Covid cases likely to rise as testing programme gets underway in schools

Rapid coronavirus testing is available for all staff in schools, along with students in years 12-14. Credit: UTV

The Public Health Agency and Education Authority are urging school students and teachers to get Covid-19 tests, even if they are asymptomatic.

However, authorities have warned that the testing programme will likely cause a rise in cases being detected.

The rapid tests are available to all staff in pre-school, primary and post-primary schools, alongside all pupils in years 12-14.

Highlighting the importance of testing, Dr Joanne McClean from the PHA said around one third of people with Covid-19 do not have any symptoms of the virus.

“Asymptomatic testing is an extremely important and effective way of helping ensure that those who may have the virus but do not know can take the appropriate actions to reduce the spread of coronavirus and keep others safe. “It has the potential to be a very effective additional tool to help us reduce the spread of COVID-19 in schools and beyond. For it to work, we need as many people as possible to participate. “Almost 90,000 school staff and students will be invited to carry out a test twice a week. It is expected therefore that as we carry out more tests we will find a greater the number of cases. However, this shouldn’t be seen as a cause for concern, and in fact would reflect that the infection is being detected when it otherwise wouldn’t have been, which is a good thing. Lateral flow tests can be carried out at home and involves the person taking a swab of theiri tonsil area, followed by their nostrils. "A negative result does not mean that we should let our guard down and we should not change our behaviours – we still need to carry out all the appropriate public health measures," Dr McClean added. “Individuals with a positive LFD result need to self-isolate along with their household, and book a PCR test as soon as possible at one of the COVID-19 test sites to confirm their result.”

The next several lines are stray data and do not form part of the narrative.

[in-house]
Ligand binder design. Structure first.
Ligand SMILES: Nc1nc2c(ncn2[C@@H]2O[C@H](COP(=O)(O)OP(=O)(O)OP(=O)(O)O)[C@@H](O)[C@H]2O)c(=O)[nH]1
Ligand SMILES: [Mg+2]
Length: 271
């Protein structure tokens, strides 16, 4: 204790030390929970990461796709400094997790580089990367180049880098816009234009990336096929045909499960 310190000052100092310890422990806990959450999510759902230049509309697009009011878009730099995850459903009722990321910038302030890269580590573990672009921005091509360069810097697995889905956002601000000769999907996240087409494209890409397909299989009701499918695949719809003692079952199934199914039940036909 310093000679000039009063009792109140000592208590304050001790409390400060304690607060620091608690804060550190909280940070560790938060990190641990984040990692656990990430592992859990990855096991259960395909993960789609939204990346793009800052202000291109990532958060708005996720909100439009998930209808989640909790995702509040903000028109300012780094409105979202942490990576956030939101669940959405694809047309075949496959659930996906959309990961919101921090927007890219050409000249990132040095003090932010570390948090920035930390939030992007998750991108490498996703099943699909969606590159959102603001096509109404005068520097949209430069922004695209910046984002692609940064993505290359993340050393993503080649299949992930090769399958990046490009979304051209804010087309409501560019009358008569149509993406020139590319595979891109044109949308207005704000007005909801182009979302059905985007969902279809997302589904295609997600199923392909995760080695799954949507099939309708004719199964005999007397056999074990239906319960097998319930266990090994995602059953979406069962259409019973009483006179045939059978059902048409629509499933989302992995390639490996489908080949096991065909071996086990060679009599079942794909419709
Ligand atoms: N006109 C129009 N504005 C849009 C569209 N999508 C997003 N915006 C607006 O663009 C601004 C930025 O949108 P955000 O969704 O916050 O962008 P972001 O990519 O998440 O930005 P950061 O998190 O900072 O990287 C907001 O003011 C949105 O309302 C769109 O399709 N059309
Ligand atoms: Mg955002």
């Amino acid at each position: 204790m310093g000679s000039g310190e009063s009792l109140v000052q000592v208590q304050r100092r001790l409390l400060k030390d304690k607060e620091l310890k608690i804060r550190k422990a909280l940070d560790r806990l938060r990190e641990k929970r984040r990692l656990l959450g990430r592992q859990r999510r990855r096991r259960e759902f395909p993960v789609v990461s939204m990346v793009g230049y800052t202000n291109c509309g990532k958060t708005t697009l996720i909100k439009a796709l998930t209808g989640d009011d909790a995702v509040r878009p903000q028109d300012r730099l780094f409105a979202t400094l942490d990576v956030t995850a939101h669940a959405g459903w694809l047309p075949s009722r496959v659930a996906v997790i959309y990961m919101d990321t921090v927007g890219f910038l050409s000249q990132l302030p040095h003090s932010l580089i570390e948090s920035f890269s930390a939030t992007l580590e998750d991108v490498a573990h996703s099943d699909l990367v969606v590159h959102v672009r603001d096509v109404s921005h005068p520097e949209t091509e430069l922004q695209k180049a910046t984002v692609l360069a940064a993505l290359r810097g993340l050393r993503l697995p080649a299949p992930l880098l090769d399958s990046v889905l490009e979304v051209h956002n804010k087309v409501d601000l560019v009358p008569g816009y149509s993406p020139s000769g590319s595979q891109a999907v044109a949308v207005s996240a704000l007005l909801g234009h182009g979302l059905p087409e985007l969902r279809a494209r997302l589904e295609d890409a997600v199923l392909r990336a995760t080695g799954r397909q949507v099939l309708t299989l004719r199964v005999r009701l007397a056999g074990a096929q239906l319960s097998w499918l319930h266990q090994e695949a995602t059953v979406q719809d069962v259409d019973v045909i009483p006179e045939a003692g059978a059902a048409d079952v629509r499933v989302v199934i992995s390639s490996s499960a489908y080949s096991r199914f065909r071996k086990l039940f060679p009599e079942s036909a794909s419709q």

The rapid testing involves a swab of the throat, followed by the nostrils. Credit: PA

Kim Scott, Assistant Director of Education at the Education Authority, said: “Young people have been greatly impacted throughout the pandemic and have experienced significant disruption to their learning.

"Asymptomatic testing alongside the other measures within schools will help us all to make sure that we’re not just protecting each other from the virus, but also helping to maximise the learning opportunities for everyone at this particularly important time.” “Older students in years 12-14 are participating in the testing as prevalence of COVID-19 tends to be higher among this group, so we would encourage as many pupils eligible to participate and keep themselves, their friends and the entire school community safe.

The LFD testing in schools is an additional measure alongside the range of existing safety measures in place to help ensure the safety of staff and pupils in schools.

Kim Scott, Education Authority

“The roll out of this testing programme will provide reassurance for pupils and teachers and parents at this crucial time in the educational journey of these students.” “If a student tests positive or is a close contact and is required to self-isolate, it is important that they do so for 10 days. During this time their school will ensure learning continues remotely.”